All that Glitters is not Gold for Islamists
In addition to this it has been observed that Islamist movements are quite prudent in running for public offices. If there will be free and fair elections Islamist parties may decide to assume a political profile that is not as prominent as it is expected. Governing a state that is internationally isolated, economically unstable, foreign aid dependent, plagued by corruption and then incapable of delivering the ambitious promises of the Islamist agenda would be the quickest and surest way to loose the popular support on which these movements rely. The Middle East has a respectable record in throwing ideologies in the garbage bin of history and Islamists may be careful in avoiding that end. At least in the initial phase, rather than jumping on any vacant seat Islamists could take part in national unity governments or broader coalitions inevitably assuming more temperate stances.
If the pattern is that of an orderly transition towards democratic and liberal institutions this cannot happen with the exclusion of Islamist parties. Although this may bring into power parties who hold a harsh and critical stance against western foreign policies, allowing the democratic process to take its natural form may have the effect of soothing such critical positions. In addition to this, apart from the popularity these movements enjoy, it is hard to implement any reform or change in the region without reference to the cultural and religious background that Islamists claim to represent. It is no coincidence that almost all the constitutions and regional human rights documents in the region contain references to Islam and the shari‘a. Although Islamist movements put forward an interpretation of these principles that in certain respects contradict liberal ethics, their political identity is far from fixed. Most of them claim a commitment to democracy and a degree of tolerance towards views different from those of Islamism which may be enough to guarantee a degree of political pluralism. Participation in the political process as well as sensible international engagement may bring about an equilibrium between Islamist demands and Western principles of democracy and human rights. Although inclusion does not necessarily entail moderation, the way in which these protests unfolded demonstrated a certain restraint and distance kept from the more radical instances of Islamism. This situation could prove to be more of an opportunity than an actual risk.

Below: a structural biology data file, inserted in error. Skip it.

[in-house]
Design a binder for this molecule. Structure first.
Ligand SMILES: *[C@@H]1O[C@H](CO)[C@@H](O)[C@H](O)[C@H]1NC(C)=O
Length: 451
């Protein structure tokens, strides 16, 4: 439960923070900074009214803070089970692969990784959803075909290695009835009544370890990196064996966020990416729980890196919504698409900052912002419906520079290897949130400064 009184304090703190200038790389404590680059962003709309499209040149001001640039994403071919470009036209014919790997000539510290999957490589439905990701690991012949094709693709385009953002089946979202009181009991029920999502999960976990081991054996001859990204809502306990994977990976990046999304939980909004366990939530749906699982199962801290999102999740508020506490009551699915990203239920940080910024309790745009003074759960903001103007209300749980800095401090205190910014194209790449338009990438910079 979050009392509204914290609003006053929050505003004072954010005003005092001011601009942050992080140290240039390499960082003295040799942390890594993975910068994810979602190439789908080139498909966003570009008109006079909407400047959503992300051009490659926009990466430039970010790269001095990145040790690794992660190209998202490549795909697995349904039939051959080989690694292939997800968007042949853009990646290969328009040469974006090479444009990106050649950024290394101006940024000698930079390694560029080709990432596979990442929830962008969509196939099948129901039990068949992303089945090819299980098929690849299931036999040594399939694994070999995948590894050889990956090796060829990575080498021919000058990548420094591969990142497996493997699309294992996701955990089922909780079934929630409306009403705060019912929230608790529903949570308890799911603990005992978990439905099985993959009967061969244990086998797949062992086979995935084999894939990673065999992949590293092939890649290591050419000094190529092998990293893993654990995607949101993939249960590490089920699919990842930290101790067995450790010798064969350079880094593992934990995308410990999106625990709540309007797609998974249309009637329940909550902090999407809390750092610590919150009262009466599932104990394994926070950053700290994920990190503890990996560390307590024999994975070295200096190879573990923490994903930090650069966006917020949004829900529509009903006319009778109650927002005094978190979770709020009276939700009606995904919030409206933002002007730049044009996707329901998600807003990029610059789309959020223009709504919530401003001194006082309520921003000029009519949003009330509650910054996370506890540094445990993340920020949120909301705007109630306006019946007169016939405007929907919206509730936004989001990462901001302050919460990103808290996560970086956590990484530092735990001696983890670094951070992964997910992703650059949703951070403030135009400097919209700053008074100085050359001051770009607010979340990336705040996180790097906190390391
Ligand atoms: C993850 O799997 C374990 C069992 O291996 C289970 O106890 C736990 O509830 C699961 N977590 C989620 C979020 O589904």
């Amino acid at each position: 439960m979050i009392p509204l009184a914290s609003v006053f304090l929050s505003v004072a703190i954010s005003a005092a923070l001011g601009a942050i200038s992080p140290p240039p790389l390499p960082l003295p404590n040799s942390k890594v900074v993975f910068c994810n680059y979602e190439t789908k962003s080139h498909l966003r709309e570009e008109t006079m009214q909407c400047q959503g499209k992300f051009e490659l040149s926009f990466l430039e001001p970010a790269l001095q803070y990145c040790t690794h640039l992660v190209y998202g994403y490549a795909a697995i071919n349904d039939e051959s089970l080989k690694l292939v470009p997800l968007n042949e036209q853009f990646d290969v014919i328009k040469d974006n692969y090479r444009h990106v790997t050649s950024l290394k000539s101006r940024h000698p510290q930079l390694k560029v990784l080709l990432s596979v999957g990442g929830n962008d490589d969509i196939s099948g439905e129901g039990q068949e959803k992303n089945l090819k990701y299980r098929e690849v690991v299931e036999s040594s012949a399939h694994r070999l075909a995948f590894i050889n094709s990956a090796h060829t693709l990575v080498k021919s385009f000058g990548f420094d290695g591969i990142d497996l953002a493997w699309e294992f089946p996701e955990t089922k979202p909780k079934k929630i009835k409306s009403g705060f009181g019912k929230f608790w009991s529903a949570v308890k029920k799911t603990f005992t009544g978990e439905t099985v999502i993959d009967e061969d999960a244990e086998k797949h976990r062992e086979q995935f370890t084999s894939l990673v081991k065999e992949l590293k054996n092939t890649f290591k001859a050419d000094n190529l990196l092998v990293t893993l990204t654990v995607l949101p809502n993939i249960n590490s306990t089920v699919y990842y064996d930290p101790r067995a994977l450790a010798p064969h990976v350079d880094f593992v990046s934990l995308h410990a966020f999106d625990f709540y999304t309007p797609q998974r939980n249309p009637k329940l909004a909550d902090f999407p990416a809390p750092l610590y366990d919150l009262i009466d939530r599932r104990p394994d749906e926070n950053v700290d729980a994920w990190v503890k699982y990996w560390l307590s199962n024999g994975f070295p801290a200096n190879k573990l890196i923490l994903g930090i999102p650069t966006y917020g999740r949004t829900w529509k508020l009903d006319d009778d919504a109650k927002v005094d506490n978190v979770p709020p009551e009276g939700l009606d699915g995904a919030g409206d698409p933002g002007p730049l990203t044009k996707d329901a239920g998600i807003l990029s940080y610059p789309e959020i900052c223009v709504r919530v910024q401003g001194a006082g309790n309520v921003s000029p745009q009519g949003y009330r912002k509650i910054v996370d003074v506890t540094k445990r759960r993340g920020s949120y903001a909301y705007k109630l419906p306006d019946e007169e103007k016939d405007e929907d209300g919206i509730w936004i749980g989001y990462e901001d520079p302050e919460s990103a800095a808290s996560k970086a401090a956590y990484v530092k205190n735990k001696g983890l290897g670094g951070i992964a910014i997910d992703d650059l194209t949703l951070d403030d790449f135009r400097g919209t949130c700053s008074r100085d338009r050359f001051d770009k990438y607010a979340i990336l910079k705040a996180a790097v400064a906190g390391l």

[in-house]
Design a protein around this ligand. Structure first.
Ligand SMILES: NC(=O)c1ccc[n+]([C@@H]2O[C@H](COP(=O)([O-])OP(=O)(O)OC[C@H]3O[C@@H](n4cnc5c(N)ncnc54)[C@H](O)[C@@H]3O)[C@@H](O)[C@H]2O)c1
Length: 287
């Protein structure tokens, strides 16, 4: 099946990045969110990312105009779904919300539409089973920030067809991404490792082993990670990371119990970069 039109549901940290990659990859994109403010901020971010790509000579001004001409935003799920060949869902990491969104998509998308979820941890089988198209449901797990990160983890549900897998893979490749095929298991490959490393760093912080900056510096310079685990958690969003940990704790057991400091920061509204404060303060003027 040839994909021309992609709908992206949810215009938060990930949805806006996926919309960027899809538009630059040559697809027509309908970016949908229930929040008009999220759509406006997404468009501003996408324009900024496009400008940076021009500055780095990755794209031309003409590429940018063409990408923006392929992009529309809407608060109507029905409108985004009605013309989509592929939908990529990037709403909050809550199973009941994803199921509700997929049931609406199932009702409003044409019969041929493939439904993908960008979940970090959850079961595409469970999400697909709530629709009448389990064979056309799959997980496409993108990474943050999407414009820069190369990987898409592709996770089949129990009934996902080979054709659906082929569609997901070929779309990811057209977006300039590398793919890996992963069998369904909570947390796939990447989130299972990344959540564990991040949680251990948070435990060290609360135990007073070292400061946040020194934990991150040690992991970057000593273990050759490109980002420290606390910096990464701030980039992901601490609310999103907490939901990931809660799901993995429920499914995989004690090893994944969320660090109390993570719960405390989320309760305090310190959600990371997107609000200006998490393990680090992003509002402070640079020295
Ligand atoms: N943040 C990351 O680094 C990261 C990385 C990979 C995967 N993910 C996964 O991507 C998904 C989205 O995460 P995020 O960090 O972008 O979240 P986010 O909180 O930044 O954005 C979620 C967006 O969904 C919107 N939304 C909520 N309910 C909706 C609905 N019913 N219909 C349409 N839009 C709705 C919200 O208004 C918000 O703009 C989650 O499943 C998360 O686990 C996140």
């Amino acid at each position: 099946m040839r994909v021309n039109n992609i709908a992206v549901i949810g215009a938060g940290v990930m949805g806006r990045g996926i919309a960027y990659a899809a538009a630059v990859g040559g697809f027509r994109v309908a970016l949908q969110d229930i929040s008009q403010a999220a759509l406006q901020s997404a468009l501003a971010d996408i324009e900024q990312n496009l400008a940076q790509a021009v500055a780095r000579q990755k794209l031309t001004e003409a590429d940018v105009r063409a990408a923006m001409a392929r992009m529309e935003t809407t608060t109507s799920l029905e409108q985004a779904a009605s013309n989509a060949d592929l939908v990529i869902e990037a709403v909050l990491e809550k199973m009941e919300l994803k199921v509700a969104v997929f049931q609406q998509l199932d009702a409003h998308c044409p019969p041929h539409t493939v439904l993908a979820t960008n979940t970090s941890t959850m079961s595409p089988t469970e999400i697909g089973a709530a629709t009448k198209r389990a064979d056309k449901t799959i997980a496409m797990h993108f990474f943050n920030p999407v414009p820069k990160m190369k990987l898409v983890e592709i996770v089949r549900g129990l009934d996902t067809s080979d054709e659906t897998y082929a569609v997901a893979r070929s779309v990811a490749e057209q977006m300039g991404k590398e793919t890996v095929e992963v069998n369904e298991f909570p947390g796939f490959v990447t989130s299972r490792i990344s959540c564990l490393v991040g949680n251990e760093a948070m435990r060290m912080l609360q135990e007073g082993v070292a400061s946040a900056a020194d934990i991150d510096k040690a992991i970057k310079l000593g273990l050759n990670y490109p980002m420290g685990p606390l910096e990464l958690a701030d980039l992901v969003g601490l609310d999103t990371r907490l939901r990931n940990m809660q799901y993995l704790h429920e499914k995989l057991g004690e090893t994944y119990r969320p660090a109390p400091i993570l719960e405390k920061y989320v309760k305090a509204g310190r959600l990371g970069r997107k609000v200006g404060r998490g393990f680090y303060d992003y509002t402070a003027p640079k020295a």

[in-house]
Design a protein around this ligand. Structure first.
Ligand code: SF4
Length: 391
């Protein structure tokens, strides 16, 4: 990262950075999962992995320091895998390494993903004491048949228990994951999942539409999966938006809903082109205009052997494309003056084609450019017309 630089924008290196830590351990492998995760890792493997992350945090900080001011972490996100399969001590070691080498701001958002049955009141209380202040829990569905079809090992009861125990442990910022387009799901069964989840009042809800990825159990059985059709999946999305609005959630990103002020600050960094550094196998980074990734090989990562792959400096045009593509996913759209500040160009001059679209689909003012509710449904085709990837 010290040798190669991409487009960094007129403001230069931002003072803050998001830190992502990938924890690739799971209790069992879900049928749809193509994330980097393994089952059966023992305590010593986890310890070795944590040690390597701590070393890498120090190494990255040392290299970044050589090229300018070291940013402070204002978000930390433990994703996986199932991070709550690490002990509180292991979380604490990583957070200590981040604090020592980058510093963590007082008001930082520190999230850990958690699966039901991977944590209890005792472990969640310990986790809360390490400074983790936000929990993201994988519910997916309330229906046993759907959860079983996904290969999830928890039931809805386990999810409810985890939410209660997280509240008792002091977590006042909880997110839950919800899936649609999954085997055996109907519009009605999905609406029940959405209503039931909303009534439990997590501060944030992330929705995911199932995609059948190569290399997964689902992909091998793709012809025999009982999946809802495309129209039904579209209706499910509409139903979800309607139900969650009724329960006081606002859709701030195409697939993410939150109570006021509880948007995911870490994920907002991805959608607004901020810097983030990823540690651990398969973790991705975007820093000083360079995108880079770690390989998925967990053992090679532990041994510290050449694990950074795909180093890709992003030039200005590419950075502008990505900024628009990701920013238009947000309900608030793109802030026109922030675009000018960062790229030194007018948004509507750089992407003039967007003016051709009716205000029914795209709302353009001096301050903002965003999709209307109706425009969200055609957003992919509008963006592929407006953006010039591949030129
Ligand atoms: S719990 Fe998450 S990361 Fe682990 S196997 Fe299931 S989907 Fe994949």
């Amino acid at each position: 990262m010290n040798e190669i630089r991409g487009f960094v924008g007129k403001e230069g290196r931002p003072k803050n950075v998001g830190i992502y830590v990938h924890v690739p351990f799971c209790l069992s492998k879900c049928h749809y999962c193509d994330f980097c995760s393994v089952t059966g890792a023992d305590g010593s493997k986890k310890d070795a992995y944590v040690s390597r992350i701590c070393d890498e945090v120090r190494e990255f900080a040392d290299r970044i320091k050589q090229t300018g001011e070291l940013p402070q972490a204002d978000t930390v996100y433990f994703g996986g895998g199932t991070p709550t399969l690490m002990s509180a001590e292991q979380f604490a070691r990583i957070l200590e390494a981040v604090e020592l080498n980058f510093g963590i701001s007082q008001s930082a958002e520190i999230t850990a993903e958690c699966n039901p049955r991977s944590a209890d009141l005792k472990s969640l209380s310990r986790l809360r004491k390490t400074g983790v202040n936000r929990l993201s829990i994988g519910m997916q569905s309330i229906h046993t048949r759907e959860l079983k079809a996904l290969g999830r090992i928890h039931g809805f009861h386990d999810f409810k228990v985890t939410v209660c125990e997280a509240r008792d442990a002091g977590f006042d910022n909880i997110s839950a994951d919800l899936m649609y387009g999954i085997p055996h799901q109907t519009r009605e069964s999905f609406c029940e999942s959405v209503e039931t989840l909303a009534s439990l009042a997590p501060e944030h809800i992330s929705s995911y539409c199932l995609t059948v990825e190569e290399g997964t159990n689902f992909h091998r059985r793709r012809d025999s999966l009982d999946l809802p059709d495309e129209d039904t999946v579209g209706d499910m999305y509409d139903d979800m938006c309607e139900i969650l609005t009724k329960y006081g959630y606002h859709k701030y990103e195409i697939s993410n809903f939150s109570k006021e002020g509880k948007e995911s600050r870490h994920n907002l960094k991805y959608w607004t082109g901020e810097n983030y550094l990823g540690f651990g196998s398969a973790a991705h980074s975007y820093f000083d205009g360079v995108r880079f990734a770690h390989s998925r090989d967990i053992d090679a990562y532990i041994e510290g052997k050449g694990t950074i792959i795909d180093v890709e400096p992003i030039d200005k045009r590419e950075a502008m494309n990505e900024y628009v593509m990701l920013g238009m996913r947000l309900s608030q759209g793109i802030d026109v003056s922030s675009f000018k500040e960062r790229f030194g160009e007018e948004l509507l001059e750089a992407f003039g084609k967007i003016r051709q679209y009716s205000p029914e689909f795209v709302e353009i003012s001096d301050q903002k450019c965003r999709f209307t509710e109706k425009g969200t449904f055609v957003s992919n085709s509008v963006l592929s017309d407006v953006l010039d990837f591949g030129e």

There certainly is an amount of gambling in this reasoning, but it may very well be the last chance for prospects of success.
Filippo Dionigi is a PhD Candidate in International Relations at the LSE.
Shifting Sands is the blog of the Middle East International Affairs Programme at LSE IDEAS, analysing current events in the Middle East and contributing to the ongoing deliberations over policy prescriptions.
Silvia L. Peneva, Editor